Known for its strength and stability, plywood is manufactured from thin sheets of veneer wood and a binding element. This layering process is what gives plywood its exceptional strength. Typically manufactured in a 4’ X 8’ sheet, plywood can come in a variety of widths from 1/4 inch to 1/2 inch to 3/4 inch. Because of its relative stability and resistance to movement from temperature and humidity changes, plywood is often chosen for a variety of applications, including sub-flooring, boats, furniture, sheds, and even billboards.
One of the most widely used woods, exterior plywood can be used outdoors for a variety of purposes including boating, fences, boxes, and even skateboard ramps. Because exterior plywood’s strength is not affected by extreme temperatures, it can be used for special applications and situations.
While an exterior plywood uses a water-resistant glue to bind the veneer sheets, those using it should carefully consider the grade of the front and back of the sheet of plywood to determine if it is strong enough for the desired application and climate conditions. Birch, one of the most popular hardwood plywoods, is known for exceptional strength, stiffness, and optimal damage and wear-resistance. Other popular exterior plywoods include pine, spruce, mahogany, oak and maple.
Interior plywood is bound together with a highly resistant glue that will withstand some moisture, bacteria, and mold, but it is not designed for outdoor usage. Those using interior plywood for an aesthetic project should also carefully consider the grade of the side(s) which will be seen. Typically used for interior uses such as wall paneling, cabinetry, or even in some furniture, interior plywood is designed for use in low-moisture conditions.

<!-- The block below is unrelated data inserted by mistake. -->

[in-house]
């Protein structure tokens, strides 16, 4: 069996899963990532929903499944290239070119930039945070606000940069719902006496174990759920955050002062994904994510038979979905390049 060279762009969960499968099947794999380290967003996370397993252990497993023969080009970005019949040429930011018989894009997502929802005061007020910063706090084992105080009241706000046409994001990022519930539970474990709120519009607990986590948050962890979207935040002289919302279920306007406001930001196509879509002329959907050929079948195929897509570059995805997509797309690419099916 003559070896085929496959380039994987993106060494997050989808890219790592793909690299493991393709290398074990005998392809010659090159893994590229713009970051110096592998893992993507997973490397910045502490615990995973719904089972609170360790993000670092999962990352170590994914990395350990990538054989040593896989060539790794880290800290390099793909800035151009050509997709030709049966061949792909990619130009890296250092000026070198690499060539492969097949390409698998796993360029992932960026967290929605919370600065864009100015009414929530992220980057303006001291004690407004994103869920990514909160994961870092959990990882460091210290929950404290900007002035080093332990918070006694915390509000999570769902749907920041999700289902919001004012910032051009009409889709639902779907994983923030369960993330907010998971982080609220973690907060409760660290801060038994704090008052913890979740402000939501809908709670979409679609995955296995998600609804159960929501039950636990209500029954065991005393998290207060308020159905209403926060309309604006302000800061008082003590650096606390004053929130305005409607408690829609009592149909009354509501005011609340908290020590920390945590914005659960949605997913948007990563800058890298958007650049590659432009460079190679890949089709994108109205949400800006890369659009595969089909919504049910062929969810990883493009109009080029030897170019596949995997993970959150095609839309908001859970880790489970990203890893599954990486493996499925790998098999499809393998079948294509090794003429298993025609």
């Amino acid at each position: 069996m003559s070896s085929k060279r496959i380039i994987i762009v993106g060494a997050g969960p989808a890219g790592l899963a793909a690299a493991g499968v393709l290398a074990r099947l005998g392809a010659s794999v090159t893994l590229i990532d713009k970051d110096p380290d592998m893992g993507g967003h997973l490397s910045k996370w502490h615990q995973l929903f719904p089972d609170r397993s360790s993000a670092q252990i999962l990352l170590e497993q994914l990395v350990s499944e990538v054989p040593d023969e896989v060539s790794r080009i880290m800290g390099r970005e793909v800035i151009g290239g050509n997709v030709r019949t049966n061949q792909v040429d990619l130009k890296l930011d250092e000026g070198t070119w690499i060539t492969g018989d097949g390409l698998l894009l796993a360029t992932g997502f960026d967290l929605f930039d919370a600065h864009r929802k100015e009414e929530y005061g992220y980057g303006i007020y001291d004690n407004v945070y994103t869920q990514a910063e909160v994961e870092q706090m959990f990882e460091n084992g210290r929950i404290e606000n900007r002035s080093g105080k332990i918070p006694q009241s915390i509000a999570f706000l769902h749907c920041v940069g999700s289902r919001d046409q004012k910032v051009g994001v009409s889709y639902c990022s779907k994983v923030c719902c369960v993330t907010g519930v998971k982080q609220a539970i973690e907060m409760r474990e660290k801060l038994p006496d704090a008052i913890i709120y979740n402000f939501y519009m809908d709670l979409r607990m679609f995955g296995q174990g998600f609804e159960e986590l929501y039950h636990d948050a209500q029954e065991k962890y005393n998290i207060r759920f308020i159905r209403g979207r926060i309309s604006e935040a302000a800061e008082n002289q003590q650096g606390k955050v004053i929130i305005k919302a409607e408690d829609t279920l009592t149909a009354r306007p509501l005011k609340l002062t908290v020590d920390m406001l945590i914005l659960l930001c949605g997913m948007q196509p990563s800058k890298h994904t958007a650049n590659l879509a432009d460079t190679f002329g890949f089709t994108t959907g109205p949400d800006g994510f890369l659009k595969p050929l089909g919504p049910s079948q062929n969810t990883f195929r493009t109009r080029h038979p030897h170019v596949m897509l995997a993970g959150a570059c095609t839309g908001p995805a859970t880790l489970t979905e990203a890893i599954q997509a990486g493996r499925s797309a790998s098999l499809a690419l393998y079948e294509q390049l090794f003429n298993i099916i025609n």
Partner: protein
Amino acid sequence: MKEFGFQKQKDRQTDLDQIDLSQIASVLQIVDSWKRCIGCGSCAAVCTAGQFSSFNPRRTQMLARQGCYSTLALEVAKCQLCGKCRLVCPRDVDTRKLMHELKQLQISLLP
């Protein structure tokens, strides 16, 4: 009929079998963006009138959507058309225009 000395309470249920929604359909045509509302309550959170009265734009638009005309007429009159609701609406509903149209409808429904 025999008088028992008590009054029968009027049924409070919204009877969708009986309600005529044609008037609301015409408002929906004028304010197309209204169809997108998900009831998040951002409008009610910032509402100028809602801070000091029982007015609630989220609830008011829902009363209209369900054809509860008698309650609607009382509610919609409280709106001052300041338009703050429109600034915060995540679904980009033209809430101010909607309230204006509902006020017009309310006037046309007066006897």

Because of a recent tariff in import plywood, many manufacturers saw a 7-10% price increase. However, with a recent ruling (Nov 2013) by the ITC (International Trade Commission), this tariff has now been absolved. Yet during the months of this increase, many contractors switched to domestic plywood to avoid the tariff, and many have found that the quality difference is noticeable; such contractors may plan to continue using domestic plywood and simply pass the cost increase on to their customers or absorb it.
However, import plywood still has its benefits when it is a quality, higher-end plywood. Many B grade or “shop” grade panels will still be used, and because of the demise of the tariff, prices may return to normal over time. At J. Gibson McIlvain Company, a premium birch plywood has been a top import choice for years. Currently, prices on the domestic plywood and import plywood are remaining constant, but with the tariff gone, only time will tell if prices will decrease.
Offering a full line of hardwood plywood choices in varying species such as Cherry, African Mahogany, Natural Birch, Natural Maple, Red Oak, Sapele, White Birch, White Maple, Walnut, and White Oak, J. Gibson McIlvain Company offers a variety of interchangeable elements such as Plain Sliced, Sequence Matched & Numbered, Rotary Cut, or Quarter Sawn. The flexibility of options allow the solutions that many customers need for special projects requiring hardwood plywood, whether exterior or interior.
With over 200 years of experience in the lumber industry, J. Gibson McIlvain Company strives to provide nothing but the best quality wood products suited to their customers’ applications and expectations.